Integrated design infrastructure solutions to create an improved health & wellbeing environment safe for cyclists, pedestrians & vehicles
Following unprecedented levels of walking and cycling across the UK during the pandemic of 2020, the UK Government, influenced by the Dutch, has fast-tracked statutory guidance, indicating local authorities should reallocate road space for significantly increased numbers of cyclists and pedestrians.
For over 25 years, Hardscape has been renowned for bringing inspiration and innovation to the quality and function of its products to those who wish to select from a range of natural and man-made materials, in a variety of colours and finishes designed to suit the context of each location and scheme.
Even more advanced than just localised LTN improvements, the research, specification, and implementation of Hardscape’s Inclusive Infrastructure Solutions products is very much a part of our integral DNA and ESG ambitions and is the natural next step for specifiers and planners to re-design how cyclists, pedestrians, and vehicle users share and interact with the urban environment more equitably and safely.
Creating safer public spaces that combine access for cyclists, pedestrians and vehicles within the urban environment has been a passion of mine for over 30 years. Whilst spending time in Europe, particularly Holland, I became fascinated by their way of providing solutions for inclusive infrastructure; this completely aligned with my own thoughts and ambition for the same here in the UK.
I’ve also taken much inspiration from the book ‘Curbing Traffic’ (see bibliography links) which talks about ‘the good old days’ when kids could play freely in the streets in the UK and powerful principles of how to deal with a ‘diminishing social realm of non-inclusive practices and how children have become ‘the back seat generation’ whereas, the Dutch infrastructure system creates invisible forces of separation from vehicles with vulnerable cyclists and pedestrians combined.
To now have an opportunity to introduce these products to the UK with the support and impetus of the UK Government’s wellbeing principles and directives, is something I hope will inspire you to be brave in specification and design implementation to bring a long-lasting benefit for us all.
The Dutch in the 1970’s, due to the use of cycling in an otherwise motorised transport infrastructure country, realised that separation in an accommodating way for bikes, vehicles, and pedestrians, was essential to interact safely for all users.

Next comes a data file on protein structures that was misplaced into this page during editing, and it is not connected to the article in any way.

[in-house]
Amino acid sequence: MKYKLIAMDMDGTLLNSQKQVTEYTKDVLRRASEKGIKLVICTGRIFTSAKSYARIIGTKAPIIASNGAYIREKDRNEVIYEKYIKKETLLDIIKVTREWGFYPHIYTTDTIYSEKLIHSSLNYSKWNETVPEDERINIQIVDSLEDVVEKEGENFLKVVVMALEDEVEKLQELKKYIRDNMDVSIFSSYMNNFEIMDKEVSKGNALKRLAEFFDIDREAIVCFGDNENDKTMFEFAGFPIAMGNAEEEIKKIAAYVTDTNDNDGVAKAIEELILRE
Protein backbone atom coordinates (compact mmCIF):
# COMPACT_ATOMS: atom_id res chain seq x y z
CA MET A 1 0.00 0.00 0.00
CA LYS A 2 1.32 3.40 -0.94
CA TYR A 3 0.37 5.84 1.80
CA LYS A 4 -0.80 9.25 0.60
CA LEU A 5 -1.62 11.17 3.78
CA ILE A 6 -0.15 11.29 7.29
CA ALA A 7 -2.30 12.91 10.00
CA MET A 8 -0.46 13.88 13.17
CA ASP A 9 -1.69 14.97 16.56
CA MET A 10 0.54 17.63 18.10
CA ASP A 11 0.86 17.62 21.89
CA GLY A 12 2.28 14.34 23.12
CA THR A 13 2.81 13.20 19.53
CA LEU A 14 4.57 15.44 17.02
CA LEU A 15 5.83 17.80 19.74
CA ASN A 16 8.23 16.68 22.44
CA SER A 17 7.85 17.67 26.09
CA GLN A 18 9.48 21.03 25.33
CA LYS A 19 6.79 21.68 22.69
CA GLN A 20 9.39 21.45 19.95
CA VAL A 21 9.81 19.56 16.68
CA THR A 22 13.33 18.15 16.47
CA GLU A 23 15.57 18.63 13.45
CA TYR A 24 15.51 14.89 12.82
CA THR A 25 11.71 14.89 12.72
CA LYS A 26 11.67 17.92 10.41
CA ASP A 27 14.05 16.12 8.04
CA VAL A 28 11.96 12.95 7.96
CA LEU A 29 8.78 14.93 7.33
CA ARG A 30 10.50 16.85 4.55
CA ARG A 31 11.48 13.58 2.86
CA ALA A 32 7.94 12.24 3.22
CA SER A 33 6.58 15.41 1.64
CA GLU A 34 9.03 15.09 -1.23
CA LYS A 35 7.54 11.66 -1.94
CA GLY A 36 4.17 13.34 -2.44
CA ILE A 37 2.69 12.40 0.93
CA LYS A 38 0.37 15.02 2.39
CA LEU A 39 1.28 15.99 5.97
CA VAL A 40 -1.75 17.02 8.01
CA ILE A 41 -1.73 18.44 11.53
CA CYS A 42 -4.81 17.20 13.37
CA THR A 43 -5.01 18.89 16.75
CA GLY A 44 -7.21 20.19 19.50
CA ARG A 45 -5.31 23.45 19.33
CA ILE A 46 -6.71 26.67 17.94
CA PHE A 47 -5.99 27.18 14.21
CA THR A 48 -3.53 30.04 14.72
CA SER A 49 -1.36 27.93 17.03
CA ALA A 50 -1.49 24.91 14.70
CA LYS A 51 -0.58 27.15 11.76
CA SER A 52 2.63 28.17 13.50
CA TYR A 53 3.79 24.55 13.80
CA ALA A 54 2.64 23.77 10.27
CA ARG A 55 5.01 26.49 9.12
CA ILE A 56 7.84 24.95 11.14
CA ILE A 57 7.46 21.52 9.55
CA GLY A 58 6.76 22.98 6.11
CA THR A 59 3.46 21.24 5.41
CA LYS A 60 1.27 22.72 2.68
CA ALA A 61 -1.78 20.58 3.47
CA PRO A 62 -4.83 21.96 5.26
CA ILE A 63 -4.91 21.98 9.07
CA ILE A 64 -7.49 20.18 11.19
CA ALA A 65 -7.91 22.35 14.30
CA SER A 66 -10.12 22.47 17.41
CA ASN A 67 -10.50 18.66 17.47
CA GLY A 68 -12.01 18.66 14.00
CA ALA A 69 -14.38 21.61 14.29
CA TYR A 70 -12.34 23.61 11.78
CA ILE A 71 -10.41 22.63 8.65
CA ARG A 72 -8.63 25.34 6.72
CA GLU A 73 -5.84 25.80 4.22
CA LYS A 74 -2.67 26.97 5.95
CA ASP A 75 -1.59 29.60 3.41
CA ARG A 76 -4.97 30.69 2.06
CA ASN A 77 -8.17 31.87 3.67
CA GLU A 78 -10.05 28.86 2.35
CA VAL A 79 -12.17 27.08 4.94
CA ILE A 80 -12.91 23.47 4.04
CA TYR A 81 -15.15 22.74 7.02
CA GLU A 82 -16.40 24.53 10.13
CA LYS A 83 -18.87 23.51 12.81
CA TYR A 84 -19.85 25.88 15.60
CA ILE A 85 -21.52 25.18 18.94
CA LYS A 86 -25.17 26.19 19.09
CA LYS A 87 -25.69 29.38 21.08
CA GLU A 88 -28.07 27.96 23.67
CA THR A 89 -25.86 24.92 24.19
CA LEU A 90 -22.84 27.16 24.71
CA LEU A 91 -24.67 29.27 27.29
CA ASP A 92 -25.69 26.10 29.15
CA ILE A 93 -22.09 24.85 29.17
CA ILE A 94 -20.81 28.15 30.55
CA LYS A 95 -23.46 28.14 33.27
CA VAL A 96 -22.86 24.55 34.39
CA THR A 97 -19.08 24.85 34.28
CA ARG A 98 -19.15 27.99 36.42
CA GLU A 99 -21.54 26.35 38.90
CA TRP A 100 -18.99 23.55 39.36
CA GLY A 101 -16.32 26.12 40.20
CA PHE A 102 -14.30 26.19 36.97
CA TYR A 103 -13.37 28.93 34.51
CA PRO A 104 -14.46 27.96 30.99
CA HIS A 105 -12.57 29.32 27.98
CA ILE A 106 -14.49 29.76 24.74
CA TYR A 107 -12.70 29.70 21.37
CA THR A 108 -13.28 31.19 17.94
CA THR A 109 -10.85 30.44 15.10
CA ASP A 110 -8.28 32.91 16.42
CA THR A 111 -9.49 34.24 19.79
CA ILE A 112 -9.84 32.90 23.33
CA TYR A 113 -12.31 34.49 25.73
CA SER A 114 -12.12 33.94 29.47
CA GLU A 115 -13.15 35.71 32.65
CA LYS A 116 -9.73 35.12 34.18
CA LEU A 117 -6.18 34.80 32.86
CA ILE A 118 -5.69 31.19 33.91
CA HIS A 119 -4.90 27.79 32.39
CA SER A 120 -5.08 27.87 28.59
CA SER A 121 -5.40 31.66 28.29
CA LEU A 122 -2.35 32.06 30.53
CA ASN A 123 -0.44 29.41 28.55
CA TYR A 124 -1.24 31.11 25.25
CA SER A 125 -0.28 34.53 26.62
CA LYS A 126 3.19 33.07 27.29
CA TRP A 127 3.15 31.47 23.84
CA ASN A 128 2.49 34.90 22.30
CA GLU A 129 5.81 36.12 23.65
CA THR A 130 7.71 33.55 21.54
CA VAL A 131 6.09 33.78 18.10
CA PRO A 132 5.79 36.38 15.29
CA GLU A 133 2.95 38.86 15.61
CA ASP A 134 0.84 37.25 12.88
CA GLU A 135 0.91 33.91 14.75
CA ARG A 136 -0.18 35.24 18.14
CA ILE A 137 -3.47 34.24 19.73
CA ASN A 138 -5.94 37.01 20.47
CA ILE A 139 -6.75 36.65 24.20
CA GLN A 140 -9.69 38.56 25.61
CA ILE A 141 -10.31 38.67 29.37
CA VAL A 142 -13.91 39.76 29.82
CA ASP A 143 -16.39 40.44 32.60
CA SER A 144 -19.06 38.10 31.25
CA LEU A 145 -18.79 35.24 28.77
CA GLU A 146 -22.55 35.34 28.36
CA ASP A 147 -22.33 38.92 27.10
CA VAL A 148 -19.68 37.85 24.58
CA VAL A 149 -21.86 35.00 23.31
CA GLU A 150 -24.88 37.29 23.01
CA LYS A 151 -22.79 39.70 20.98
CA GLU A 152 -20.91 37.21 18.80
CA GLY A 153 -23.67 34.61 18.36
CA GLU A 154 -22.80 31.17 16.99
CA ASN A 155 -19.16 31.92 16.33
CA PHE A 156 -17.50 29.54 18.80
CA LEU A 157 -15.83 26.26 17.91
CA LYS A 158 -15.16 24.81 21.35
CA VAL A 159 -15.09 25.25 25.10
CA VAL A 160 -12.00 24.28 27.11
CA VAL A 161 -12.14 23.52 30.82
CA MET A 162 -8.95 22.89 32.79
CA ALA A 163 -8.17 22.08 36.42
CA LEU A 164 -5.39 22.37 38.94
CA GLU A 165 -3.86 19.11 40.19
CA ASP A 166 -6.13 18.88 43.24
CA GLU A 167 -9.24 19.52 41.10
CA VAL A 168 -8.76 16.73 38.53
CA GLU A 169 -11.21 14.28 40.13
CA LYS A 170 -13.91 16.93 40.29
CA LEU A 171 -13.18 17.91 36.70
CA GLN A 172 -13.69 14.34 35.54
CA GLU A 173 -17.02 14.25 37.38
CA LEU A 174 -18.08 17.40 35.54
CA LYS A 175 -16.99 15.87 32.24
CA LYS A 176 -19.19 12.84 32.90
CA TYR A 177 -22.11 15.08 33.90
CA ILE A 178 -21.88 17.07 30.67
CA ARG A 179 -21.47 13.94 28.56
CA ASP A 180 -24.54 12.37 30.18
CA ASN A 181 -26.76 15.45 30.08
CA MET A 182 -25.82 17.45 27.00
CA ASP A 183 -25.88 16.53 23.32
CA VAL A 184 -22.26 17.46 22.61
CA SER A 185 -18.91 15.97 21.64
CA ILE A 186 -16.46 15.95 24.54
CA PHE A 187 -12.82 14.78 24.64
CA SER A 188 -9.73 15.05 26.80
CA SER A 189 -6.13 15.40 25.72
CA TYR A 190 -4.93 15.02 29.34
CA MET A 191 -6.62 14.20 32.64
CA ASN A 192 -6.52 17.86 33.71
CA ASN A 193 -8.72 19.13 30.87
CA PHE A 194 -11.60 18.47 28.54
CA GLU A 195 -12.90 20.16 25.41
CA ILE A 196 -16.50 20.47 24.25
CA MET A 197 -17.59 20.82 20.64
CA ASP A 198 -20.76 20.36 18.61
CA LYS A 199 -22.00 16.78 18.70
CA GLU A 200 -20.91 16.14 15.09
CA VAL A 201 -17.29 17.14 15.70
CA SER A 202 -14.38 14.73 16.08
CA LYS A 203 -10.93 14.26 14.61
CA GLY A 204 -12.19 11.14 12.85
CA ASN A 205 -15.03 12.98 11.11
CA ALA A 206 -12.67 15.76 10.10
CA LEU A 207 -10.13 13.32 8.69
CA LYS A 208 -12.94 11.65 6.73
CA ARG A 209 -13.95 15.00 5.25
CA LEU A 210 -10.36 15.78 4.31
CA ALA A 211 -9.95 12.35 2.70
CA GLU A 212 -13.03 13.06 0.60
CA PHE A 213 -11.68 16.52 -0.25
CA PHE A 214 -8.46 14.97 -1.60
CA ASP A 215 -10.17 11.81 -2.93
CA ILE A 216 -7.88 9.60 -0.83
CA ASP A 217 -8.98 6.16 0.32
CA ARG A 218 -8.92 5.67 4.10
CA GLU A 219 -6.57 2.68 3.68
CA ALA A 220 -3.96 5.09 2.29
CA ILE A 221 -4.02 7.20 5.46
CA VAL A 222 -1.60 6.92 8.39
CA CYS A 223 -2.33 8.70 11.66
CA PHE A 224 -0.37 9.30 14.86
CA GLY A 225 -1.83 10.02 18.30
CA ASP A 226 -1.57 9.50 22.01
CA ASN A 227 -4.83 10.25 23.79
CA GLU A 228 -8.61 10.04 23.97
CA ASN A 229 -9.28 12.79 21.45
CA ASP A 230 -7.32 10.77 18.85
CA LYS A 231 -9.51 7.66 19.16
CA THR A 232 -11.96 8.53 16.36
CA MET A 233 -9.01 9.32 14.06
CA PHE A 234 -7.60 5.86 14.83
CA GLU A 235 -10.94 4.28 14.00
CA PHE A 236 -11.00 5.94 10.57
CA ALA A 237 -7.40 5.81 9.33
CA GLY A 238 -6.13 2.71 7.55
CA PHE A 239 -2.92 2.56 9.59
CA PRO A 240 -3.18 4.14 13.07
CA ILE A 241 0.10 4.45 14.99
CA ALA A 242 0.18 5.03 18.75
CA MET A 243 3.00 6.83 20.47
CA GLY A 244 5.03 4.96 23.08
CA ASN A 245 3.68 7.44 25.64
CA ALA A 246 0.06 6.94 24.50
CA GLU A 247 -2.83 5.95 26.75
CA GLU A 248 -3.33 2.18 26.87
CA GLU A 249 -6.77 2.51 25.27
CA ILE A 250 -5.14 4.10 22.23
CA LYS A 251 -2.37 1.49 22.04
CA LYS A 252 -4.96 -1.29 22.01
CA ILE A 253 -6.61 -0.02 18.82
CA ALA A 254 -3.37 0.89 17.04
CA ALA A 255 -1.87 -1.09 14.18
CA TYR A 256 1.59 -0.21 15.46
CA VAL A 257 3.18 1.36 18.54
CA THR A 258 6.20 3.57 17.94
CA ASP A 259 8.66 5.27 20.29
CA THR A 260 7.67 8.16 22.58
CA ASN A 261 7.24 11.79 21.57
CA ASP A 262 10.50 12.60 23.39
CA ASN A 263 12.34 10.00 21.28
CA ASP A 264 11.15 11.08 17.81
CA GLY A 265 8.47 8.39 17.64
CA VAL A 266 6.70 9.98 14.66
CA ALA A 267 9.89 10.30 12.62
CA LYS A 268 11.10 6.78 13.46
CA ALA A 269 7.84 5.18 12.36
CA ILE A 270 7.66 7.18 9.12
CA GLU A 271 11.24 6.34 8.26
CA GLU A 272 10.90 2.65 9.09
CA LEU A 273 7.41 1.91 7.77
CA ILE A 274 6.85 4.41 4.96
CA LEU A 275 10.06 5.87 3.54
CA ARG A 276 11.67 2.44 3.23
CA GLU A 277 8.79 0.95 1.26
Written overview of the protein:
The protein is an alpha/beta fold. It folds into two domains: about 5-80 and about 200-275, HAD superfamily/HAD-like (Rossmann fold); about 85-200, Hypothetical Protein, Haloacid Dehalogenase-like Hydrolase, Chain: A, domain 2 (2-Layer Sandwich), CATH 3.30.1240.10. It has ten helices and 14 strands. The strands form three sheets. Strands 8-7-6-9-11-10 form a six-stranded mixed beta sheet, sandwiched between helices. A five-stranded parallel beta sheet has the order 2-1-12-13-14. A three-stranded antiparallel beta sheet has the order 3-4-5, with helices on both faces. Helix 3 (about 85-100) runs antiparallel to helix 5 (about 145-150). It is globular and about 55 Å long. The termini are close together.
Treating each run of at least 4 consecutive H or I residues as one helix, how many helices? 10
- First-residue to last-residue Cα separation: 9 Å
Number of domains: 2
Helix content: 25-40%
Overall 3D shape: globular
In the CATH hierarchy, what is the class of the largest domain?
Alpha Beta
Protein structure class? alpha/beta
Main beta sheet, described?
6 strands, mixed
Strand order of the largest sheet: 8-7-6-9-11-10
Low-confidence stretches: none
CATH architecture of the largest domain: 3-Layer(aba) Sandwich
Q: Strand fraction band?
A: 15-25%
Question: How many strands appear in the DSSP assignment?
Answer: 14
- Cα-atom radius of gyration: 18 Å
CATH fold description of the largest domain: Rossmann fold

Since then, the Dutch have simply mastered, that policy making and design, should be intrinsic in creating a safer environment, inviting cycling and people to participate safely within existing travel infrastructure. Dutch people recognise that to encourage active safety by prevention of incidents is better than being proactively opposite in reducing the effect of an accident. The benefits of this environmentally friendly connectivity strategy are better health and wellbeing for all, economic and environmental advantages (not just aesthetics but Carbon emission reductions too!) and all user groups accessibility, allowing for more space-user equity.
The UK Government state “It must not be seen as mainly part of the leisure industry, but as a means of everyday transport. It must be placed at the heart of the transport network, with the capital spending, road space and traffic planners’ attention befitting that role.”
For the Dutch to achieve this, they have developed intelligent, logical, coherent kerb systems for actively segregating transport modes and methods. Due to the historical aspects, over time, they have developed innovative solutions and more importantly complete solutions to create seamless and multi-user function by design product shapes. Additionally different modes of transport share space in an Active Safety System where special infrastructure detailing allows for motor vehicles to access bicycle zone areas also whilst ensuring protection to the novice cyclist who may be oblivious to vehicular road use in certain areas.